Insurance claims check without lien holder?

Car was scraped and dented, repair cost is 2000 dollars. If their is a loan against it. Can they just write the check in my name so I don't have to deal with the finance company which will take weeks. How does the other persons insurance know the car is on a loan ? And if it's under 3500 can they just write it out in your name to get the car repaired yourself ?

5 Answers

  • lucy
    Lv 7
    3 years ago

    The easy way is to issue the check 2 party, to you and to a body shop. That way, when repairs are done, you sign off on the check to the body shop and go on your way.

    Now, with your (own) insurance, when there is a lien, then they must issue all checks 2 party, be it to you/body shop, or to you/lien holder. Both ways guarantee that the repairs are completed.

    But in this case, since this is 3rd party (not your insurance) paying, then they can issue you a check to you only, and if you want, can take the money and run and not fix your car and it is legal.

    The other insurance does not give a darn, if you have a loan or not, -no contract with you and the lender ,(unless) in this accident, your vehicle is totaled, then, they would issue you a check to you and the lender, since the insurance needs to get the title from the owner (lender) for paying on the totaled car.

    Source(s): retired auto adjuster
  • Anonymous
    3 years ago

    NO ! Any check MUST go to your lien holder. If you attempt to circumvent the lender and get the check yourself your car could be repossessed and/or you will be sued. Bottom line. You would regret it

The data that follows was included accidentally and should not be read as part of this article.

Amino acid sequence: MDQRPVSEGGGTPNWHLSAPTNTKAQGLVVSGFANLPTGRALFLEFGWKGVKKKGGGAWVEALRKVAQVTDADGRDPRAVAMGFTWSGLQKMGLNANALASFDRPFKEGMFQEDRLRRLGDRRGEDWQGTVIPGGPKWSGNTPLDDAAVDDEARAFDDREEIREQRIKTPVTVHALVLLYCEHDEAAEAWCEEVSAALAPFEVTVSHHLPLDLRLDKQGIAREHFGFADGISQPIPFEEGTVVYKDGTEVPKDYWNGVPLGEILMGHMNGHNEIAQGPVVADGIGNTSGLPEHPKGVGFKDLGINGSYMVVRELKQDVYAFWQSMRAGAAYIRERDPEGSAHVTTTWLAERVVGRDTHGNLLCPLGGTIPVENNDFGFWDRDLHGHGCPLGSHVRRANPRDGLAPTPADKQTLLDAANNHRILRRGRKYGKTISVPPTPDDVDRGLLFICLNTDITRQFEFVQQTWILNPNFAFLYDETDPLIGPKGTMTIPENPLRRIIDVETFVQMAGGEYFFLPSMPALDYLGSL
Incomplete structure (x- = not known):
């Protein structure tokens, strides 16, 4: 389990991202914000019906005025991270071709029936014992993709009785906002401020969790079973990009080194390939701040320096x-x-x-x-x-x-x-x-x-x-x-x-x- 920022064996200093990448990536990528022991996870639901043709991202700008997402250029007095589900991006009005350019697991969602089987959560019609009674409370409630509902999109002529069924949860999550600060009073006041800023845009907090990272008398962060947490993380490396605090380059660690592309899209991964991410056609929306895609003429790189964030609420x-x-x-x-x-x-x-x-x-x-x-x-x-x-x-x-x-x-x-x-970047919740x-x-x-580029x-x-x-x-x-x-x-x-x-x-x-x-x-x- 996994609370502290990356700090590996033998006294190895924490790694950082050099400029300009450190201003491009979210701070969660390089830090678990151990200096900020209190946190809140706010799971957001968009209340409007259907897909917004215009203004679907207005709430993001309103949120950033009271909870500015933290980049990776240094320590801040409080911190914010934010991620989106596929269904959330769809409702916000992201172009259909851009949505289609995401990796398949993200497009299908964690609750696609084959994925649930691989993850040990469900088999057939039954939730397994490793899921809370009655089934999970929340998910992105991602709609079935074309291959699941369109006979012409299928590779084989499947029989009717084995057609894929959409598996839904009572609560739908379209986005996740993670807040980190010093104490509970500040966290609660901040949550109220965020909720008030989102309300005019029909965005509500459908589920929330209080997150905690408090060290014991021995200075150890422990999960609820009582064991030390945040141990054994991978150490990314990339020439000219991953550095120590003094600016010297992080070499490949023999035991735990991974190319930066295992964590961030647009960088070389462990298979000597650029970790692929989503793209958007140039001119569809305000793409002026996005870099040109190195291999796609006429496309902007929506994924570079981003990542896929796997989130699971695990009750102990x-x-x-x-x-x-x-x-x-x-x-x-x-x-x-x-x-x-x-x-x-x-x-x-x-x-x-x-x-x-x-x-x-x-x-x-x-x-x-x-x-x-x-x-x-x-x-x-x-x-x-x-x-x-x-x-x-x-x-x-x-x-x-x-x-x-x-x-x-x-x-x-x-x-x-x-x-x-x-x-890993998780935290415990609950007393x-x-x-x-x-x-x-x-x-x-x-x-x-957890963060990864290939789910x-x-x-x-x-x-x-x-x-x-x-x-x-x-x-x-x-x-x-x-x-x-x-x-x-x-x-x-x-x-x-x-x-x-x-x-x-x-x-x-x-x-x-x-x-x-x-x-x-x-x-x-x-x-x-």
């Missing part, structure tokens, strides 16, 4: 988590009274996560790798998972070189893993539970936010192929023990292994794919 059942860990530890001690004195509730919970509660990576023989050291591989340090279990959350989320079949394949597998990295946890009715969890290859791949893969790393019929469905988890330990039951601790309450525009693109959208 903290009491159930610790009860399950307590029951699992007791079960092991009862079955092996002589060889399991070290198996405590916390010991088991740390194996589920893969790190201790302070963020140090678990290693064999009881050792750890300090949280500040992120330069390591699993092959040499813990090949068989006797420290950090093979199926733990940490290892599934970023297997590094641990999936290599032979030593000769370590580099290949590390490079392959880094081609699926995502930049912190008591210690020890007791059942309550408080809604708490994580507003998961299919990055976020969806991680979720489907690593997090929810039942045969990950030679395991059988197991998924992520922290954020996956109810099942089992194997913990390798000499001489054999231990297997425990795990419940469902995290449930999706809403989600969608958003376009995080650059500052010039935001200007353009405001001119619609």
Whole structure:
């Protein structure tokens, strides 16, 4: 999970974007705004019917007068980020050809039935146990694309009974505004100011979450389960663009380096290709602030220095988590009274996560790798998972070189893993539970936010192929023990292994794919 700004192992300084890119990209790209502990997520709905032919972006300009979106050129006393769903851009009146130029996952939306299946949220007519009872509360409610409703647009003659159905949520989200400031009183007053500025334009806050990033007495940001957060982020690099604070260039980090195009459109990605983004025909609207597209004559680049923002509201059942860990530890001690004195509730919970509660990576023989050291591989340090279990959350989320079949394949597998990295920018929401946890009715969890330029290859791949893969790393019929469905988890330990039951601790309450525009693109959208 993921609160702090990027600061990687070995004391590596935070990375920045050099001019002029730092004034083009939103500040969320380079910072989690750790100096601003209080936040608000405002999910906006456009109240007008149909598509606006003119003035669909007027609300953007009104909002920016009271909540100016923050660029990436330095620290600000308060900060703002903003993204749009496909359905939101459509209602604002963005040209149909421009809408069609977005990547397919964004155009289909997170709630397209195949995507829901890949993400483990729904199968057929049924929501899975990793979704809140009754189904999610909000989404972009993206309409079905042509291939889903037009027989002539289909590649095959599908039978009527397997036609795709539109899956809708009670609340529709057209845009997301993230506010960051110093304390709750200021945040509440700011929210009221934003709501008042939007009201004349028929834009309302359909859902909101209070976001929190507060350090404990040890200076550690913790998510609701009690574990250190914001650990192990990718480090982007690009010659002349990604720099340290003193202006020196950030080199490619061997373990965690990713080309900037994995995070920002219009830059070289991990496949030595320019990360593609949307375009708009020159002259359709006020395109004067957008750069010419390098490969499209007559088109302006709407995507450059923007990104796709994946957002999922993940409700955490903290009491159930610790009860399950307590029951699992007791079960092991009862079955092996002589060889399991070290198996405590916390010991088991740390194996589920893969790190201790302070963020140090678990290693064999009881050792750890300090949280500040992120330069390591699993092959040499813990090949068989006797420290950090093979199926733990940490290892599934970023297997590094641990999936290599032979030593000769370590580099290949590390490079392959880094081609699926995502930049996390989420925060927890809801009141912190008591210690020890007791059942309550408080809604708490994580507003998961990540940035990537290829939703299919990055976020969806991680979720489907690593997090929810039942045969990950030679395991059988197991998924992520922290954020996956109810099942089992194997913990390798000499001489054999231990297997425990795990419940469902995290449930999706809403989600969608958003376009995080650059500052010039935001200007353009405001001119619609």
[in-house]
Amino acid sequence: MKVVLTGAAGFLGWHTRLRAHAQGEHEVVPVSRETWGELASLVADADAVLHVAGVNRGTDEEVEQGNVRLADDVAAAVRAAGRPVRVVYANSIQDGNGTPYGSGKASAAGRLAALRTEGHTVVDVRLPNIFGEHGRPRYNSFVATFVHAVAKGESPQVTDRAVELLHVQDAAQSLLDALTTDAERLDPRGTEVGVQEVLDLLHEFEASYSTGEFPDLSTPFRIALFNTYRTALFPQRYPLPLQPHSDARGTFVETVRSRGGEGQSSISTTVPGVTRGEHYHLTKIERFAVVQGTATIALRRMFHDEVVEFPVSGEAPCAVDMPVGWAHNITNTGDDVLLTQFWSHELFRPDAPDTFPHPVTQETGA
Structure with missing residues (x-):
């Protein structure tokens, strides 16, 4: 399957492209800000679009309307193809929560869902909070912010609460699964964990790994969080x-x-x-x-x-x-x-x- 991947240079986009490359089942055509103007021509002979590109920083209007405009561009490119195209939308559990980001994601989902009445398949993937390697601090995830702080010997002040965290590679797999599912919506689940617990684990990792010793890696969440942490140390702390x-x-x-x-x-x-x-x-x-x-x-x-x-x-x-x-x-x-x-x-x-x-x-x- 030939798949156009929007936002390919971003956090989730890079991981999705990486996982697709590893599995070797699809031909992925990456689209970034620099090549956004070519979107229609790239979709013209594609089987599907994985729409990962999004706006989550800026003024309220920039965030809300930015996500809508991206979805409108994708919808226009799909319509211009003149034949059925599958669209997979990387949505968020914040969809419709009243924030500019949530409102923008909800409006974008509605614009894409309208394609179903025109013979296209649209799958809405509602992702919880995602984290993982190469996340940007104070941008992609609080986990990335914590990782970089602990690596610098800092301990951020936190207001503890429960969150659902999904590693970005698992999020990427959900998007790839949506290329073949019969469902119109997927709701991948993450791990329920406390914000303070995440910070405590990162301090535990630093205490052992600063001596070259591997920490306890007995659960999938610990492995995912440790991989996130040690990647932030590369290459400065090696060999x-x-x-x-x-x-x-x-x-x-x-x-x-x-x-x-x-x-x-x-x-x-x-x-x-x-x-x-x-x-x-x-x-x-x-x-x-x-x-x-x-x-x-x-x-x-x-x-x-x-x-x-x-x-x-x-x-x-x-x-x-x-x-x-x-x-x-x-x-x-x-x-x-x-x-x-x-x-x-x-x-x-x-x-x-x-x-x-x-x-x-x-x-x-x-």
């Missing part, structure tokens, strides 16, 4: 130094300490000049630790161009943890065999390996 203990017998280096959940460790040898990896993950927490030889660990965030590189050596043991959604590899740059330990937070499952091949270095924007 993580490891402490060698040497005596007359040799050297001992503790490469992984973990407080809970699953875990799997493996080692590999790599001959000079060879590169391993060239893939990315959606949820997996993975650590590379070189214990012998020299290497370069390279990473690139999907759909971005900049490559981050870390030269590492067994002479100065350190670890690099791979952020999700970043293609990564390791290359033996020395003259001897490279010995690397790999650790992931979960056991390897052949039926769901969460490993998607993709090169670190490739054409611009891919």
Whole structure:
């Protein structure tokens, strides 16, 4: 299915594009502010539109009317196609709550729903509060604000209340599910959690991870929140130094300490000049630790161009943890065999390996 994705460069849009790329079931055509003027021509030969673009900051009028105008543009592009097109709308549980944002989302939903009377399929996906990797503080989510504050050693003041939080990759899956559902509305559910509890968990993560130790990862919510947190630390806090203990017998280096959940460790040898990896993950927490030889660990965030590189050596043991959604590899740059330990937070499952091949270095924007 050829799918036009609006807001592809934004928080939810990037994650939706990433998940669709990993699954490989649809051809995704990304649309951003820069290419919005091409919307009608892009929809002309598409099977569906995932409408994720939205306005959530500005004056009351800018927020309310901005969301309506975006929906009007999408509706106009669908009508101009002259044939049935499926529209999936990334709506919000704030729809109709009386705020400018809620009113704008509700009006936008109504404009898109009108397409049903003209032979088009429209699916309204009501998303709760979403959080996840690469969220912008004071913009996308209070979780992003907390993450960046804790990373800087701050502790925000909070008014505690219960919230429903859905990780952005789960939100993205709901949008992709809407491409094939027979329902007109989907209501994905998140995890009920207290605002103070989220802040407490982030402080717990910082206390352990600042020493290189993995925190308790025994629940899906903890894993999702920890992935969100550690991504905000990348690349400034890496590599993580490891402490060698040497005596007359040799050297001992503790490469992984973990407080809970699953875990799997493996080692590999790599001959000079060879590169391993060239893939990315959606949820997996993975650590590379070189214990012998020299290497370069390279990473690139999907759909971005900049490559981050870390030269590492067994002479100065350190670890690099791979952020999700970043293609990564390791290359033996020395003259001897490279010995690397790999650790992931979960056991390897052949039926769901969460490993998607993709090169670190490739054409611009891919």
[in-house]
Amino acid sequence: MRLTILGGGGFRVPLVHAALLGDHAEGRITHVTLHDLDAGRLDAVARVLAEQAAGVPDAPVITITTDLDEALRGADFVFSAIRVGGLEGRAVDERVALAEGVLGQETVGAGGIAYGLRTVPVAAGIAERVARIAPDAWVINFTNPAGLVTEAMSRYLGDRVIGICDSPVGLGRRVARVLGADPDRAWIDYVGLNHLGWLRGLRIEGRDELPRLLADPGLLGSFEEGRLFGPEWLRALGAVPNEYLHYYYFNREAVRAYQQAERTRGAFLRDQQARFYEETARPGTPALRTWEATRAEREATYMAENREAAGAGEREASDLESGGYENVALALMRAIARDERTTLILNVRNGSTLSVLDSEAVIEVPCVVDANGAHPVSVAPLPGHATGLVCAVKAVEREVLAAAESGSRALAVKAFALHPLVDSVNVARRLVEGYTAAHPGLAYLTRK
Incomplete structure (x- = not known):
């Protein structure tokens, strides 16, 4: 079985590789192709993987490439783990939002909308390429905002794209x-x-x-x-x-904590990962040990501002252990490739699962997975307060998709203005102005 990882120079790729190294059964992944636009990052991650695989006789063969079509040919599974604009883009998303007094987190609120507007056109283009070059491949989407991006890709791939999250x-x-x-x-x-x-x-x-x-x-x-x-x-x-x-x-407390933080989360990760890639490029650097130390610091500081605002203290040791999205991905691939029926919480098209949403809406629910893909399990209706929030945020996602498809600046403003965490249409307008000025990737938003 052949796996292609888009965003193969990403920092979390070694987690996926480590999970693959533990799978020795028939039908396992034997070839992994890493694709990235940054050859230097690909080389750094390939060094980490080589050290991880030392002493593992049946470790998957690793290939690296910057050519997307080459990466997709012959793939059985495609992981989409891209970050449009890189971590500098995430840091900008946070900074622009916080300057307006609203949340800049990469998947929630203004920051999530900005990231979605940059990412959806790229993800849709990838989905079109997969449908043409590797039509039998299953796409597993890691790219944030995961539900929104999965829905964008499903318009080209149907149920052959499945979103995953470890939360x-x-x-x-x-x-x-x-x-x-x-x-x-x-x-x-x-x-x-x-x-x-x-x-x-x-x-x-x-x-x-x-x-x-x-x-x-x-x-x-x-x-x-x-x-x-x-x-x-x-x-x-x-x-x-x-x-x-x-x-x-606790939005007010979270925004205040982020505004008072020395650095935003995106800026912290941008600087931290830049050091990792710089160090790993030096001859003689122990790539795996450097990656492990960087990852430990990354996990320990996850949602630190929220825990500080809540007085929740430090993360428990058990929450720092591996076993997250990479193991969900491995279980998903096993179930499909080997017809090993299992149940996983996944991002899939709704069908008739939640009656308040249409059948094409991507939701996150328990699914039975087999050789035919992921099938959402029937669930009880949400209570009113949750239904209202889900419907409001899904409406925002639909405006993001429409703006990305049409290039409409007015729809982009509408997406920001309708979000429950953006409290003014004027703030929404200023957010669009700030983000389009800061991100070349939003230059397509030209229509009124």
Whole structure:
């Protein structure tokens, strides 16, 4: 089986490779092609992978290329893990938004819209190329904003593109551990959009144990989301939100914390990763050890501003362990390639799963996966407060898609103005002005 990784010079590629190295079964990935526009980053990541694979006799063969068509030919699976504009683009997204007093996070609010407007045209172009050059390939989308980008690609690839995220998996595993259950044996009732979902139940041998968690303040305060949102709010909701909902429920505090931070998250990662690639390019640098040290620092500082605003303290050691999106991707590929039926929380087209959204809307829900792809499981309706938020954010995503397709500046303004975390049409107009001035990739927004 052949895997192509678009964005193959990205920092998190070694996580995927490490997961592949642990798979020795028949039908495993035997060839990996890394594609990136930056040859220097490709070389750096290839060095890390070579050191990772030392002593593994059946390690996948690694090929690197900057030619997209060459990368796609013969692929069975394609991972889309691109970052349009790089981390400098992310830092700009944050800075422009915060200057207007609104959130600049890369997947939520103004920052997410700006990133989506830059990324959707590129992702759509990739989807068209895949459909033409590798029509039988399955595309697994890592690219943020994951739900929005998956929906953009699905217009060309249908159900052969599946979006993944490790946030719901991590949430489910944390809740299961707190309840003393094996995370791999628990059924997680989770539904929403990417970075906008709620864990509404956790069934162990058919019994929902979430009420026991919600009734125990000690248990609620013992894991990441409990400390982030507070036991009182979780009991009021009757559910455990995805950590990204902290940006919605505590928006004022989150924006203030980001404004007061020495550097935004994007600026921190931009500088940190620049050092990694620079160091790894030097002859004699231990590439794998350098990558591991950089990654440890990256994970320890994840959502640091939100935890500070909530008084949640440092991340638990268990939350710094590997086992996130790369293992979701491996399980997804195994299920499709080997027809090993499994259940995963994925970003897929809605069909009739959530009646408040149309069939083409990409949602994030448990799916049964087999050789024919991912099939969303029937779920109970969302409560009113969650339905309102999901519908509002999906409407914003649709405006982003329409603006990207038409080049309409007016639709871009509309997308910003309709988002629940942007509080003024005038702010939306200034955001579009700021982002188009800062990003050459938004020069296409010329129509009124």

• Mr.357
    Lv 7
    3 years ago

    The check will be either to you AND the lien holder or to the repair shop. The lender could come back against you AND the insurance co if their interests are not protected.

  • 3 years ago

    If it's a repair job, nobody cares about the lienholder. The lienholder only gets involved if it's a total loss. It doesn't matter if the claim is paid by your insurance company or the other guy's insurer, because the lienholder doesn't care about repair jobs.

    The insurance company probably won't make the cheque out to you, they'll pay the repair shop directly and be done with it.

  • What do you think of the answers? You can sign in to give your opinion on the answer.
  • 3 years ago

    Without knowing which insurance company you and the other driver are with, and what state/province/country you are in, there is no way to even guess.

    Insurance companies always know if a car has a loan balance on it, because they have a need to know that info.

Still have questions? Get answers by asking now.